There were two folks on my list that I put aside for later, I am not ready or able to forgive them on some level. I can forgive the men who raped me, but not these folks who betrayed my trust and hurt my family. I will have to get some help from my teachers about these two people and how to not be holding onto this hurt. Elul is not an easy month for me and yet this process is amazingly liberating, even being able to identify that I am not able to release those people, is helpful. It tells me I have work to do. I don’t believe forgiveness is a simple thing or that I have to grant it. In my tradition I do not have to forgive someone until they seek my forgiveness and make amends. My choosing to forgive them ahead of their asking is completely on me and also part of a deeper spiritual practice.
There is enough sticky goo in all of our lives, old hurts and tattered remnants of messy memories and shattered feelings. I would rather be free of these so that I can be of good cheer and good service for this moment unfolding right now. It is late, almost midnight. More musings on how to let go of fear and be more present coming in the next few weeks. For now, though, you don’t have to be Jewish to take advantage of this time, make a list of folks who have hurt you, see if you can forgive them, and see how it makes you feel. Take a chance on letting go of old stuff, so that you can come together with the land, which has no choice but to forgive all the wrongs we do. Did the sun not rise today, did the vegetables forget how to grow? Forgiveness is the nature of earth and we are made of this lovely loamy stardust stuff.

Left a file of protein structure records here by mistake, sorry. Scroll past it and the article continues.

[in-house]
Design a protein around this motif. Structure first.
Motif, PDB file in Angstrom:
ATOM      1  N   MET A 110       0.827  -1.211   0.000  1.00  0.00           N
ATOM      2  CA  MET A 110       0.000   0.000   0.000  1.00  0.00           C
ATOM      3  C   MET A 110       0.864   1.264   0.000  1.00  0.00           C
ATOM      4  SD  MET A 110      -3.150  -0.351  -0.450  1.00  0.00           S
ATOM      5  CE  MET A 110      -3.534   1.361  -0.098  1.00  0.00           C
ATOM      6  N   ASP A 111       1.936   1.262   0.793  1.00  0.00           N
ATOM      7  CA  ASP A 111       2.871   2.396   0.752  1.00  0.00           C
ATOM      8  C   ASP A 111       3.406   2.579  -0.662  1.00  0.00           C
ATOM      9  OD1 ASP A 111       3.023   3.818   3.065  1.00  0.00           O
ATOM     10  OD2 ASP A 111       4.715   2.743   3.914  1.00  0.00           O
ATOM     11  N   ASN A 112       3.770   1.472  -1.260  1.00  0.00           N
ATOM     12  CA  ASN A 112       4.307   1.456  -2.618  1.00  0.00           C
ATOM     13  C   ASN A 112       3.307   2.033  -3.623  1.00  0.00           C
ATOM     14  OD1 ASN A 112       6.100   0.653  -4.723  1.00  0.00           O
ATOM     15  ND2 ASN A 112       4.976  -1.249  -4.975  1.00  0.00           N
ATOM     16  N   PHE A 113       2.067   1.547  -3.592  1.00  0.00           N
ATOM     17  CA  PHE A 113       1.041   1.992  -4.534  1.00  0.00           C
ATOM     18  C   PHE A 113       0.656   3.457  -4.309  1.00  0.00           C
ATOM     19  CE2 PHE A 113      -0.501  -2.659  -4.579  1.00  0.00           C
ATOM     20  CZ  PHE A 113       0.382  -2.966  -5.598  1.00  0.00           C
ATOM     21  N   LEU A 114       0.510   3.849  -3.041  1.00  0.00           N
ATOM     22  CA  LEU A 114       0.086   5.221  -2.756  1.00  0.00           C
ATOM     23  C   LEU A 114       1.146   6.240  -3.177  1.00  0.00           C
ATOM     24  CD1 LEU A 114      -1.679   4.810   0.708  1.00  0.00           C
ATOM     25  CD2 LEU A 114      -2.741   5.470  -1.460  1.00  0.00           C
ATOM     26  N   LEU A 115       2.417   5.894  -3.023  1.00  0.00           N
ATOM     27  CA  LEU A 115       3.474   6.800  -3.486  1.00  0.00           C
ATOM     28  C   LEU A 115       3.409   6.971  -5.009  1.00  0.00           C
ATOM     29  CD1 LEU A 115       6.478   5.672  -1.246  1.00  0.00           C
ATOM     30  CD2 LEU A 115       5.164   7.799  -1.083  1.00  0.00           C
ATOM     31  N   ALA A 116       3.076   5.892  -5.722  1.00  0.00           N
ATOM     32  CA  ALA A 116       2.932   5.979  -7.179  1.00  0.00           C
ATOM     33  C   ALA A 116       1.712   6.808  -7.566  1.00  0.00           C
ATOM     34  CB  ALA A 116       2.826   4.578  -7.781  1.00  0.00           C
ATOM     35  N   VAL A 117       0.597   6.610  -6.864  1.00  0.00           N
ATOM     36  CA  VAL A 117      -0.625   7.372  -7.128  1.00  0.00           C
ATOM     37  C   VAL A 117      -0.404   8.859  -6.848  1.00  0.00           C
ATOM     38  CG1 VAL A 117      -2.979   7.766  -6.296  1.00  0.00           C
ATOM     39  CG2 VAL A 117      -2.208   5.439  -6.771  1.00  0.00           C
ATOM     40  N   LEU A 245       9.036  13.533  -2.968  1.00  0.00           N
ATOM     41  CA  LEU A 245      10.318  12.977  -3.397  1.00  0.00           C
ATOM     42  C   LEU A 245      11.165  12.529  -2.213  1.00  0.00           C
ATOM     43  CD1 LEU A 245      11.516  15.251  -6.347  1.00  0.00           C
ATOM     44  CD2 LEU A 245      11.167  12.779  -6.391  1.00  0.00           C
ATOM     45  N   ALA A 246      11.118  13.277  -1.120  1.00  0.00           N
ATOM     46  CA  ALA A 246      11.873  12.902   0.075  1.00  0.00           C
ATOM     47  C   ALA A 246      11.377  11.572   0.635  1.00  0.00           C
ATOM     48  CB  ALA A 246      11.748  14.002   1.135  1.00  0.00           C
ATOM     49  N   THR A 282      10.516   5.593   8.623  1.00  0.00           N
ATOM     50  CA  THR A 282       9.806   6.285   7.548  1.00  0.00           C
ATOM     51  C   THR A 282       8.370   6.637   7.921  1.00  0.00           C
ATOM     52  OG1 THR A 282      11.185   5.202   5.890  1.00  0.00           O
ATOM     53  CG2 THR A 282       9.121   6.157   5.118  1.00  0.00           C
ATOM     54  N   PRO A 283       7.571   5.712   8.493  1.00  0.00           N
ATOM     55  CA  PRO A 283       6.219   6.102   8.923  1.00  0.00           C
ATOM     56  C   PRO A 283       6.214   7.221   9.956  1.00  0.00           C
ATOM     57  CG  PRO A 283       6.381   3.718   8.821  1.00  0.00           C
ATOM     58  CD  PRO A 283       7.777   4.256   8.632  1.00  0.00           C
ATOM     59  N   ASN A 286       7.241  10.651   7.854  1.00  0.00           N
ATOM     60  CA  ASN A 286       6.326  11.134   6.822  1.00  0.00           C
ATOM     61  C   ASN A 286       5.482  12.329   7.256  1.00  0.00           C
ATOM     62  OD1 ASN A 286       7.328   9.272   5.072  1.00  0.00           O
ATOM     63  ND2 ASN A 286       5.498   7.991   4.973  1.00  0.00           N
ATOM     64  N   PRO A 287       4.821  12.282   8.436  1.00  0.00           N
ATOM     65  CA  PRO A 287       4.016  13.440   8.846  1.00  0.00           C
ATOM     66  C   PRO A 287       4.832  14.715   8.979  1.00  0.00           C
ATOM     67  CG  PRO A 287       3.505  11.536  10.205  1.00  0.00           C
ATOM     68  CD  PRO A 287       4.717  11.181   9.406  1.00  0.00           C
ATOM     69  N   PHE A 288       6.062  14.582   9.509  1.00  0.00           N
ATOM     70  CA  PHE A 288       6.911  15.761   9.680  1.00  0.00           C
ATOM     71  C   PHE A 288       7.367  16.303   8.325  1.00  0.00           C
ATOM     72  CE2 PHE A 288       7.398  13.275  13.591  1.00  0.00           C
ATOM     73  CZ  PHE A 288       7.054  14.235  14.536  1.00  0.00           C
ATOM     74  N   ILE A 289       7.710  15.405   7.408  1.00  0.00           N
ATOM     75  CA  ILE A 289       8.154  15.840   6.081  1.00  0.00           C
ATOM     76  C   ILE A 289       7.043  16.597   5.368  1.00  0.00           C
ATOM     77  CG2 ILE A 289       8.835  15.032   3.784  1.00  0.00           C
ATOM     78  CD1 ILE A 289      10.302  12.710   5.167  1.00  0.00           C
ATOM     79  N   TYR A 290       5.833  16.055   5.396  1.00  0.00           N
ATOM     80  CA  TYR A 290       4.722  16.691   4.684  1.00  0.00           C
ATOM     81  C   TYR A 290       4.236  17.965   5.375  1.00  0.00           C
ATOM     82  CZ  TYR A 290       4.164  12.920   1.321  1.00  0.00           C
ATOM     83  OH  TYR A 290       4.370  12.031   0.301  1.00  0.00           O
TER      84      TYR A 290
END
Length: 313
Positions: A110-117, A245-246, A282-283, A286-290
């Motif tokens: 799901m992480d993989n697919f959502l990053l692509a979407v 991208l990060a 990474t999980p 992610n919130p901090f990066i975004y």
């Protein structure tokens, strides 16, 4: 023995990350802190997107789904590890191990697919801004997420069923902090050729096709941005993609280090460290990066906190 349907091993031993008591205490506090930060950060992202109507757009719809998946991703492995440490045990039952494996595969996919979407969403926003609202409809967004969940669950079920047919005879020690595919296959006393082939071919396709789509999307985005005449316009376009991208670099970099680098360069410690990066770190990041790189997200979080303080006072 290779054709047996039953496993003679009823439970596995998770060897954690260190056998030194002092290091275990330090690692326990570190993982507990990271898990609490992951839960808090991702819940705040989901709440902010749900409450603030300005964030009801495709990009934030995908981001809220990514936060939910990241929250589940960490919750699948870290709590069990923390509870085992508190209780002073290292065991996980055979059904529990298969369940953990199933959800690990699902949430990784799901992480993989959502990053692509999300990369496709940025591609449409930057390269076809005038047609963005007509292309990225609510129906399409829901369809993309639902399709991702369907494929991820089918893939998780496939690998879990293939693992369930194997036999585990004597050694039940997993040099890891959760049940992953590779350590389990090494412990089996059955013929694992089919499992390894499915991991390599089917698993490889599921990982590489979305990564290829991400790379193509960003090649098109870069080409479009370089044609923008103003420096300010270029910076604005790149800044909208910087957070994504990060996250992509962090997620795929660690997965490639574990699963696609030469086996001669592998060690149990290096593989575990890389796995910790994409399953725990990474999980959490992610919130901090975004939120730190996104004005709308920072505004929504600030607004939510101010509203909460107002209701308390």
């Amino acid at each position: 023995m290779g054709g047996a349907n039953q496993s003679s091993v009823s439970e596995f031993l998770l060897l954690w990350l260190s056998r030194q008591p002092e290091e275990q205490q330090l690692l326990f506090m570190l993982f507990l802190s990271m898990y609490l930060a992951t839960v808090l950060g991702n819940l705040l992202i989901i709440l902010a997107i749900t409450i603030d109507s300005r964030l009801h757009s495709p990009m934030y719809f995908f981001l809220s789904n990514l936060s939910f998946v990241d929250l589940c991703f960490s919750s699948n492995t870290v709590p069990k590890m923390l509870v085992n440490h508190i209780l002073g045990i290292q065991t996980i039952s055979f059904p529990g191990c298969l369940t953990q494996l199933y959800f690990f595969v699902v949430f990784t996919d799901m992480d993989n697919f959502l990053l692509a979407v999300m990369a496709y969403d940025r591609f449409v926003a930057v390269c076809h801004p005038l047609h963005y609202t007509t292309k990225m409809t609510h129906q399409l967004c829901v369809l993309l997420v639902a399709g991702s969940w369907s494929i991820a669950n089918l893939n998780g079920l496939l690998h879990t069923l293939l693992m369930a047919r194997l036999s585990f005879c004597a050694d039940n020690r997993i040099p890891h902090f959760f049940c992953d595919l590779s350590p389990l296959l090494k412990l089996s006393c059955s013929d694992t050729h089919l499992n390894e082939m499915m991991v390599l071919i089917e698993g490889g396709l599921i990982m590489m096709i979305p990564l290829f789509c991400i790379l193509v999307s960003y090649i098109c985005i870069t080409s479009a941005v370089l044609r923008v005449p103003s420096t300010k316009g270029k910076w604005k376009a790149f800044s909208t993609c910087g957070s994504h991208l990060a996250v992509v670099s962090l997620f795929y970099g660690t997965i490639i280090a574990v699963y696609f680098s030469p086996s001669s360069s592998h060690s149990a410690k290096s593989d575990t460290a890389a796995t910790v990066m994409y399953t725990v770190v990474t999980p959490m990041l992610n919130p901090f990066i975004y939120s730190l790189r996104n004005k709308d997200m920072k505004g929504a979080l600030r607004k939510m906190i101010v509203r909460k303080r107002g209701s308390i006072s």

Nicole comes together with her land and your land and any land she can by engaging with it, and then writing about it. This column was written high in the hills as Nicole turned 50 and is now officially “over the hill.” It appeared originally in the Mad River Union on Wednesday, September 17, 2014